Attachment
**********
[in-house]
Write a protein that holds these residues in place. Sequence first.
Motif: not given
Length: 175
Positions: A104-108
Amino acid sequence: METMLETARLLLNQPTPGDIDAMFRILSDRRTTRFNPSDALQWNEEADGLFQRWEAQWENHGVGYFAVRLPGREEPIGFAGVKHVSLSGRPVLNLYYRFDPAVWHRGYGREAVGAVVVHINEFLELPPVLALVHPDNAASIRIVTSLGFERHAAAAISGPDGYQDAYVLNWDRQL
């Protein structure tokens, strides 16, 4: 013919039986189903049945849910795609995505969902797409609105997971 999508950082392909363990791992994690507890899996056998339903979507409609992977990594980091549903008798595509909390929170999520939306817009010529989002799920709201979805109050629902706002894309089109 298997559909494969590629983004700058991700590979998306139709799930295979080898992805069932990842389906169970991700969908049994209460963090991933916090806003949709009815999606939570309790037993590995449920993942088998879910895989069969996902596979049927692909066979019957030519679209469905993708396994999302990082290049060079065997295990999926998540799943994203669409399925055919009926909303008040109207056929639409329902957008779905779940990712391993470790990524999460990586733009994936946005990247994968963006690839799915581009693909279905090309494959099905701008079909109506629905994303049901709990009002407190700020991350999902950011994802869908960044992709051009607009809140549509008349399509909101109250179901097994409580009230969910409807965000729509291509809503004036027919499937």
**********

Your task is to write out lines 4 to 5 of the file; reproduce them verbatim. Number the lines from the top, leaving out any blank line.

Length: 175
Positions: A104-108